This, according to a CRISIL Ratings study of the capex plans of the top 11 domestic module manufacturers, which account for around 80% of India’s current effective solar module installed capacity of 8GW, and some new entrants.
The solar module manufacturing value chain starts with polysilicon and/or ingots, which are converted into wafers. These wafers are used to produce solar cells, which are then assembled to manufacture solar modules.
As on March 31, 2021, India had 3GW of solar cell capacity (mostly used for captive production of solar modules) and 8GW of effective solar module capacity. However, there is no manufacturing capacity for polysilicon and wafers yet.
Even this 8GW capacity remains underutilized, at around 20%, because of higher cost of domestic modules compared with Chinese ones, which are 15-25% (4-6 cents/watt) cheaper because of subsidies and scale efficiencies. As a result, nearly 80% of India’s current annual solar module demand is catered to by Chinese module manufactures.
This low demand has till now disincentivized major investments in better-technology products and backward integration into polysilicon and wafer manufacturing, which also has high capital cost.
“However, now, with the government supporting domestic manufacturers through policy measures, their competitiveness relative to the Chinese is expected to improve. The imposition of 40% custom duty on imported modules and the Production-Linked Incentive (PLI) scheme2 benefits will not only eliminate the existing price gap, but may even make domestic module competitive by 2-3 cents/watt at current prices,” said Ankit Hakhu, Director, CRISIL Ratings.
These supply-side interventions are complemented by growing demand due to continuing government thrust on renewables, and sharper focus of the private sector on the environmental, social and governance, or ESG, norms.
India’s solar capacity implementation is expected to rise to 14GW per annum between fiscals 2022 and 2024, and further beyond that given aggressive renewable energy plans. This will drive demand for cells and modules. In addition to price competitiveness, developers may prefer domestic modules because they get better control of the supply chain and timely supplies compared with imports. It will also help developers offset risks from surging freight cost seen in the recent past.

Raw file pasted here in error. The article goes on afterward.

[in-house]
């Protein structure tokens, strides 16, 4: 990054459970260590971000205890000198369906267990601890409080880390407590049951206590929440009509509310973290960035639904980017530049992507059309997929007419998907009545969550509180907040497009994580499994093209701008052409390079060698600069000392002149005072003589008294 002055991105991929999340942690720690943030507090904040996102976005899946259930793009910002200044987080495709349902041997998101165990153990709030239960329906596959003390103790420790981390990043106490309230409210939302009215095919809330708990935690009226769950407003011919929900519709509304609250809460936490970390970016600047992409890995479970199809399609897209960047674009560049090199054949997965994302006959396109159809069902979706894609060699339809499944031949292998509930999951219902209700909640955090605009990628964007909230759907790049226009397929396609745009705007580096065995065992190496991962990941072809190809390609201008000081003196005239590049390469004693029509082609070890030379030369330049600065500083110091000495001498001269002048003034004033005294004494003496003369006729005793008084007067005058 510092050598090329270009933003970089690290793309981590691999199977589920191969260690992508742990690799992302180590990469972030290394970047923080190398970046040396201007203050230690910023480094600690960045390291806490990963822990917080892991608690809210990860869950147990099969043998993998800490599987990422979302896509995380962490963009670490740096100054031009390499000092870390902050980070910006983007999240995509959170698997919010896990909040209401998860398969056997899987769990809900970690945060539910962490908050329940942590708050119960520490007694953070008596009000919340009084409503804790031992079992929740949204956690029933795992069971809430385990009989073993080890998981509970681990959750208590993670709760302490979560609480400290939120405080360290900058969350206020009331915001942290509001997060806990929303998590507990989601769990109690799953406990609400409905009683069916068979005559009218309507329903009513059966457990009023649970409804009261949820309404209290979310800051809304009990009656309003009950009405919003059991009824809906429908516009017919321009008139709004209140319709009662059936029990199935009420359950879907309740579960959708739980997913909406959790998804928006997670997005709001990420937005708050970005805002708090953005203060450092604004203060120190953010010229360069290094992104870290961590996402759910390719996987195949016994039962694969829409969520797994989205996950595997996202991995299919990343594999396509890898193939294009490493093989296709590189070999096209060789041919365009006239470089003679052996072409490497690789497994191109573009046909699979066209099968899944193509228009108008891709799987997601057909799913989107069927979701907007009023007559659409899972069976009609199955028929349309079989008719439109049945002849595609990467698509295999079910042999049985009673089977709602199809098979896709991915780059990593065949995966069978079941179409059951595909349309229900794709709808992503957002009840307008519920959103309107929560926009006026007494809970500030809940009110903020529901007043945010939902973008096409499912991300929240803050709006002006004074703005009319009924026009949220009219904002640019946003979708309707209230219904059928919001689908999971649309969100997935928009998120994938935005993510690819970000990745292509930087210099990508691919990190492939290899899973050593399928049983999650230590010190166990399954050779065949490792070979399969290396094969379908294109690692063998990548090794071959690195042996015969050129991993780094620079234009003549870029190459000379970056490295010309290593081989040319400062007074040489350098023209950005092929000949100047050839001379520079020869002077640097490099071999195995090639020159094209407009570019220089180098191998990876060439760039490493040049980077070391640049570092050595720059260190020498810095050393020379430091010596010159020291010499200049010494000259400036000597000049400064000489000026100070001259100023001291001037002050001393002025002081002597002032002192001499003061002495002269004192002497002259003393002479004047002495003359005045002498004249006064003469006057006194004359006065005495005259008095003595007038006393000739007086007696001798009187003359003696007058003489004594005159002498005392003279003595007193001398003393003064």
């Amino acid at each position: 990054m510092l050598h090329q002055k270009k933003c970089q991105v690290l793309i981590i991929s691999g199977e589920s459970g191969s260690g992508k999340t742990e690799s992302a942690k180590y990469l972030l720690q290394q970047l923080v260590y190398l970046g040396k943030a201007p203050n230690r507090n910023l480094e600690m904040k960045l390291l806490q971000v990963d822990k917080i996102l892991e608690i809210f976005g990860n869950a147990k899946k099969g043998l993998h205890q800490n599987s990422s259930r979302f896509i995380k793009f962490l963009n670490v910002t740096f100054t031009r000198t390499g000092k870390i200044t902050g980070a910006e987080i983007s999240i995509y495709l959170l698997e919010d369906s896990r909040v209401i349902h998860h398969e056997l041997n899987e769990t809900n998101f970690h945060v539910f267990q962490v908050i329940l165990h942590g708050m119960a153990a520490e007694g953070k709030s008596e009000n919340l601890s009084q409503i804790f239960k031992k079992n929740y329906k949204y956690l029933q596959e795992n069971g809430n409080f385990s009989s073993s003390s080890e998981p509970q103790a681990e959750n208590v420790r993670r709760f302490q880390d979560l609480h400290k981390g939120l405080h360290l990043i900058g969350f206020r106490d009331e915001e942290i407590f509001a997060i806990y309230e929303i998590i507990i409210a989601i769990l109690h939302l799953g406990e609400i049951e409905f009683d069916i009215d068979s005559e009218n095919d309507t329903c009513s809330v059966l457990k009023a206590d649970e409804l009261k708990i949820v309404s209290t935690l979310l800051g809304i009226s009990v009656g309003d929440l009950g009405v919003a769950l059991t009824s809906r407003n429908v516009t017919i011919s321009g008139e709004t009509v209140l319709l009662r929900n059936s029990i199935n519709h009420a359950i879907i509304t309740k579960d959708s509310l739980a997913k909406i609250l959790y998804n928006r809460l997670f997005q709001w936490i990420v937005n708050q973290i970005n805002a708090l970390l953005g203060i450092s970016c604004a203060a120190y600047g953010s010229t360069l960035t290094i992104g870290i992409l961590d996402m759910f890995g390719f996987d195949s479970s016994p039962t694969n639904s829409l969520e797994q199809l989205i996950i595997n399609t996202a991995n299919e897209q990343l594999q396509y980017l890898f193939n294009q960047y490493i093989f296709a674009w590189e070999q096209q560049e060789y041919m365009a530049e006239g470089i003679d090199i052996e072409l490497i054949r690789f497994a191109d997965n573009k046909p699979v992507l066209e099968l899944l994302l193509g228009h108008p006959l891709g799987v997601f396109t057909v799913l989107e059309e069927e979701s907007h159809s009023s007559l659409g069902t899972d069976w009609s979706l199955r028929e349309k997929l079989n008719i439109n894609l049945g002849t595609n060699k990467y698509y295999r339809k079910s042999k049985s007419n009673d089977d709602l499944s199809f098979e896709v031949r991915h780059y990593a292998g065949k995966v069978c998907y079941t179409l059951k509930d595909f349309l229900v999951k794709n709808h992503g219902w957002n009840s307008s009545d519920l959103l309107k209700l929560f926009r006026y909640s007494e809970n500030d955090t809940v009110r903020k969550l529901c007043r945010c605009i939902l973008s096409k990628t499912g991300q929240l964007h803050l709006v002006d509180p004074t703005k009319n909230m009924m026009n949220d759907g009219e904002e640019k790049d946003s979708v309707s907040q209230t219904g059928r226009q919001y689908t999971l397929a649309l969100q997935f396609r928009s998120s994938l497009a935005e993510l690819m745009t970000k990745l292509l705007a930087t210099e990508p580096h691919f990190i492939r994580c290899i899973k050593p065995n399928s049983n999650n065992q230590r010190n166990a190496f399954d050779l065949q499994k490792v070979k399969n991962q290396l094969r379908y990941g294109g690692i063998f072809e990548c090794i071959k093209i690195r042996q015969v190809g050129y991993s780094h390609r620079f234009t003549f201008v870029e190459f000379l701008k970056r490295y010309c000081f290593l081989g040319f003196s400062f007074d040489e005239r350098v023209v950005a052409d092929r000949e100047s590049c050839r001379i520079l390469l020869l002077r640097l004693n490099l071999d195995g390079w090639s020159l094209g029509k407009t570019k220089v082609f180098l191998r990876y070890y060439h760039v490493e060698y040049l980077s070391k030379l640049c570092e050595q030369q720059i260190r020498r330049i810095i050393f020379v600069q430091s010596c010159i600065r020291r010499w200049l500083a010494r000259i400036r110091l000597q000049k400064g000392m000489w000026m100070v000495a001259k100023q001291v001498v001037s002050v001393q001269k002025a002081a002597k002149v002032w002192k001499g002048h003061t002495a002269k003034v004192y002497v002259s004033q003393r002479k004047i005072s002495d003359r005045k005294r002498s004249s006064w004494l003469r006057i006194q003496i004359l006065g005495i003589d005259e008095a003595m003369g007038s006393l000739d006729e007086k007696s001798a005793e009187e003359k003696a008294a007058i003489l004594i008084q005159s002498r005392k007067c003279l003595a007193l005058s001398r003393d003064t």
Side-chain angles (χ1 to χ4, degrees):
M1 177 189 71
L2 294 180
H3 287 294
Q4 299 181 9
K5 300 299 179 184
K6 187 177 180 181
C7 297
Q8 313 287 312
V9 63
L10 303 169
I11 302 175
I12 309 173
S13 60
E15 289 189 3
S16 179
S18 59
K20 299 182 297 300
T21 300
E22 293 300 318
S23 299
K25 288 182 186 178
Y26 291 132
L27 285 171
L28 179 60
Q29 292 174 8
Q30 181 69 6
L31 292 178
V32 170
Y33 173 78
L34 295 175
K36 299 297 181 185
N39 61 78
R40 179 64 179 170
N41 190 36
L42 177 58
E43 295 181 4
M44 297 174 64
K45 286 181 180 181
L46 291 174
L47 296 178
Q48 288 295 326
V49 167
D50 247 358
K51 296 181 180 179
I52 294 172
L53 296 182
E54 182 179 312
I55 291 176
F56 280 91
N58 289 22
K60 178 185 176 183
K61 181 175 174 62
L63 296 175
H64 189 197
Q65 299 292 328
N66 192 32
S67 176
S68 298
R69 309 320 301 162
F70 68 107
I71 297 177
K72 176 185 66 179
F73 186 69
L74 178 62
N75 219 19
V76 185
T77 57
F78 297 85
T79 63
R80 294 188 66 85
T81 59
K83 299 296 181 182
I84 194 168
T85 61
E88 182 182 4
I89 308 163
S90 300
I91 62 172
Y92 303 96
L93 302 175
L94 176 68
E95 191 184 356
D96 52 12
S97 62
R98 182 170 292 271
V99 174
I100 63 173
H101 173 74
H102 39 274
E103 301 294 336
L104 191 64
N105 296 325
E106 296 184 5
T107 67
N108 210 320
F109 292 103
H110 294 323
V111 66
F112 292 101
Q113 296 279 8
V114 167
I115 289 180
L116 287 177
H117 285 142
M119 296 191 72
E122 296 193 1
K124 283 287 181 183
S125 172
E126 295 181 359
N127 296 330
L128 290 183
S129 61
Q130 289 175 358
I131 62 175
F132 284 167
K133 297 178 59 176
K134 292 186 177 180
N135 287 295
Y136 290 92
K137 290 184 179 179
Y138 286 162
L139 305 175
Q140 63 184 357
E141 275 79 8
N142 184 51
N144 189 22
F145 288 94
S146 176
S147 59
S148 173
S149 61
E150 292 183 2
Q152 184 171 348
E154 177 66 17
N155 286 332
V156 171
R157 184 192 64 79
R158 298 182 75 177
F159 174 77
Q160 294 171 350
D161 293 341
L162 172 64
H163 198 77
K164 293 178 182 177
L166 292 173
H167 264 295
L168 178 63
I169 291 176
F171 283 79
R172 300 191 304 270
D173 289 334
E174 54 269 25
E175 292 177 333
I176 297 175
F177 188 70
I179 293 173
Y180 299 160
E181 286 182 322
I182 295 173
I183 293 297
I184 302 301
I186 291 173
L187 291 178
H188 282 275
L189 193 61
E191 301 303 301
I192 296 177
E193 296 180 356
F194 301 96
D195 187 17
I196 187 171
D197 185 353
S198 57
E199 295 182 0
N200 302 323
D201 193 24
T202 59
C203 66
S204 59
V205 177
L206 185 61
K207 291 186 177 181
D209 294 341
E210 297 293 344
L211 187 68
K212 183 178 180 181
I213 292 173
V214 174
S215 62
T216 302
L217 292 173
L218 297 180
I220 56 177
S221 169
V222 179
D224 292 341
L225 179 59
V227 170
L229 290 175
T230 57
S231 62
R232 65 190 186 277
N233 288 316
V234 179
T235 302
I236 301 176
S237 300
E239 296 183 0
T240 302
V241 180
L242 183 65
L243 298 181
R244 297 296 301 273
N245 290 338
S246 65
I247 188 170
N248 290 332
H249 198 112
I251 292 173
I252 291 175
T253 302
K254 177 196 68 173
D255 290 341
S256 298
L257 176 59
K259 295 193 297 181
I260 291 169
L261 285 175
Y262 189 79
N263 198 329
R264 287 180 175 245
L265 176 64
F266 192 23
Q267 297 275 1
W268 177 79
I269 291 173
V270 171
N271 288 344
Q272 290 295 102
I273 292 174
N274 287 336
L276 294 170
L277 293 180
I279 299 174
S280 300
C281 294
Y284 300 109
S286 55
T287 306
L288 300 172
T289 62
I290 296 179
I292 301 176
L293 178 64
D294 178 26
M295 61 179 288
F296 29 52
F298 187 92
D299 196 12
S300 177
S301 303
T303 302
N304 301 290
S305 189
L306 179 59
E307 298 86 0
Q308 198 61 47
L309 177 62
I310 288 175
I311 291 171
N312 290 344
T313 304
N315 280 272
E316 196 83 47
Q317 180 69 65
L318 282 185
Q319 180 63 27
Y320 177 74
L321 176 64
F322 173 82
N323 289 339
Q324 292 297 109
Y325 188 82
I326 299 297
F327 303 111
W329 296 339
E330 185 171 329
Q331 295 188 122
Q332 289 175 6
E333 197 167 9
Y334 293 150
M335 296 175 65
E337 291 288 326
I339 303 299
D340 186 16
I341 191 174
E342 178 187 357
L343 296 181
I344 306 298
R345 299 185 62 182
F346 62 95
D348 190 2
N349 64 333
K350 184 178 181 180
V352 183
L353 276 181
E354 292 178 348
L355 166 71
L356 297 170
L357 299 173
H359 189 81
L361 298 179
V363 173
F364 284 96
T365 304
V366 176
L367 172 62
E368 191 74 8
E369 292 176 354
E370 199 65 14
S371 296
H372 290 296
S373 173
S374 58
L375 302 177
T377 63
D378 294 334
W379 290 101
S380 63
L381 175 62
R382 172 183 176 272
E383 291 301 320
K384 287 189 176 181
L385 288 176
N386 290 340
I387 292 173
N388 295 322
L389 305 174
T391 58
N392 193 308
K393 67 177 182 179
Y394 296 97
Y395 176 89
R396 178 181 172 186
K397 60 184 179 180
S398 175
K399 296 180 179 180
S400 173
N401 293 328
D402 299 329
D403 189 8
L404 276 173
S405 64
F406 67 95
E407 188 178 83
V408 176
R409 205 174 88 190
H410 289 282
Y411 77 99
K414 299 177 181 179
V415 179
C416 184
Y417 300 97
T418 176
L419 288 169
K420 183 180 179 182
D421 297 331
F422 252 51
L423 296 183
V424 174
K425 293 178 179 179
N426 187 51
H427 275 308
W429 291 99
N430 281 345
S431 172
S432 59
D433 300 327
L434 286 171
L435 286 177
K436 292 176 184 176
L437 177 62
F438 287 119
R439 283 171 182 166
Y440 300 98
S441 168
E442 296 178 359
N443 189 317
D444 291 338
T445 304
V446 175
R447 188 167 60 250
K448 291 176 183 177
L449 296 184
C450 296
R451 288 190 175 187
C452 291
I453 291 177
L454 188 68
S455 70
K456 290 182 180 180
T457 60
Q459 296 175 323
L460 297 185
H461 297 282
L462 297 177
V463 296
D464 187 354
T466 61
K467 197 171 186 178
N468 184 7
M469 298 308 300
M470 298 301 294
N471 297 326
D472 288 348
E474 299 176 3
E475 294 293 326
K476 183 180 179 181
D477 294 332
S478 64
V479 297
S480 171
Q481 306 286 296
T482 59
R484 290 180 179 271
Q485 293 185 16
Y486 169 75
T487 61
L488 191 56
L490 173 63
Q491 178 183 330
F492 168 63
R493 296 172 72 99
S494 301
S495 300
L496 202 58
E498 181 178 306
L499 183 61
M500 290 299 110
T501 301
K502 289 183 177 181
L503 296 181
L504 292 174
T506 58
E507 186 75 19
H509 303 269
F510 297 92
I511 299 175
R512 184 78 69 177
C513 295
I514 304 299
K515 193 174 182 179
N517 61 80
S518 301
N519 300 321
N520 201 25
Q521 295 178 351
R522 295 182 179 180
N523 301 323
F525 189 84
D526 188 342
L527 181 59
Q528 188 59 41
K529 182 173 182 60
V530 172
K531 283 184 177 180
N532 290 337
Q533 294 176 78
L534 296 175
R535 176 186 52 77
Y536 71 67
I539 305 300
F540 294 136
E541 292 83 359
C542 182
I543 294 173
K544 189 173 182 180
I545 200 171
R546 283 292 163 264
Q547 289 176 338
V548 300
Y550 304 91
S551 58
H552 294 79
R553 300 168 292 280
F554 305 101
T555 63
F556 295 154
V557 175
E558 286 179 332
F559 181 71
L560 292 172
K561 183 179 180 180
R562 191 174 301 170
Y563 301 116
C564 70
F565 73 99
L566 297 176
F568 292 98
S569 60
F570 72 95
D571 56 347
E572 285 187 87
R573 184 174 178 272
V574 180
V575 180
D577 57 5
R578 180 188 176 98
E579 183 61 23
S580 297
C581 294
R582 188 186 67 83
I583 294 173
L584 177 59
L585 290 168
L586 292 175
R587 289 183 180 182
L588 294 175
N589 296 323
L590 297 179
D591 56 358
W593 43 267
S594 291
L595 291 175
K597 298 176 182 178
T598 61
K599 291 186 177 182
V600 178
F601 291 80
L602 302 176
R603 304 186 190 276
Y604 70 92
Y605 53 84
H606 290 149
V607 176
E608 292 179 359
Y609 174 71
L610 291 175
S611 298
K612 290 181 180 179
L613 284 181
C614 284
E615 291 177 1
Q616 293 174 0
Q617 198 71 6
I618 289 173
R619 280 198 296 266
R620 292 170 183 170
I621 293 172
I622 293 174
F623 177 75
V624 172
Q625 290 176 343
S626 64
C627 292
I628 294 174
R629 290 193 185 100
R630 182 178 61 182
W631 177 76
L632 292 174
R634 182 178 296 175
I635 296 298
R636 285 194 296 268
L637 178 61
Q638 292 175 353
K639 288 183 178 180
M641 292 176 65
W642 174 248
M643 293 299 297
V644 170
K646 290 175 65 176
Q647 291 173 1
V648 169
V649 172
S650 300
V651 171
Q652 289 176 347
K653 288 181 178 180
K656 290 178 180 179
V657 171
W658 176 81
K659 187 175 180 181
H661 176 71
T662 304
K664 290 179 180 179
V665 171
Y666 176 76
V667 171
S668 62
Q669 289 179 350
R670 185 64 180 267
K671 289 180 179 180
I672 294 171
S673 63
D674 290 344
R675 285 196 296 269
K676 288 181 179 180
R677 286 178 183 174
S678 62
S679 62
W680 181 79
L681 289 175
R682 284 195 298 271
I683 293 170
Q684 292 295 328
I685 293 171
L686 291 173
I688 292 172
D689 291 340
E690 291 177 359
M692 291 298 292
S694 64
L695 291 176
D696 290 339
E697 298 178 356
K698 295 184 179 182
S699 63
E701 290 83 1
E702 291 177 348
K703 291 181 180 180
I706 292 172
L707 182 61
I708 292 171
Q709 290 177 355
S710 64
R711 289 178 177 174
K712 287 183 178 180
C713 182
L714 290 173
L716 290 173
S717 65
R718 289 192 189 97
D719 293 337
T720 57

Aditya Jhaver, Director, CRISIL Ratings, said, “We estimate ~Rs50,000 crore of investments across the value chain for capacity building in India through fiscal 2025. Module and cell manufacturing capacity is estimated to increase by 30-35GW each, while under the PLI scheme, we may also see backward-integration into polysilicon and wafer capacities.”
A portion of the capex is also moving towards newer technologies such as mono perc/bifacial modules, where efficiencies are higher and comparable with imports. That, along with healthy demand—which is supporting order books—and favorable government policies, is expected to drive operating margins for integrated solar module manufacturers (manufacturing both cells and modules) to 12-13%. It will also result in a payback period of 4.5-5 years, assuming ~50% utilization levels.
However, the capex will increase leverage, given 70% of outlay is likely to be funded by debt. But with low complexity in implementation, a faster payback period, and robust investor appetite, the credit profiles for domestic solar module manufacturers are expected to be stable.
That said, while the domestic manufacturers have reasonable experience in operating module assembly lines, they may have relatively lower experience in operating a cell line. Consequently, it will be imperative for them to get the required technical assistance to ramp up cell lines once commissioned. Also, dependence on Chinese companies for supply of wafers will continue for a relatively longer period considering India will not have sufficient wafer capacity even after the imminent round of capex.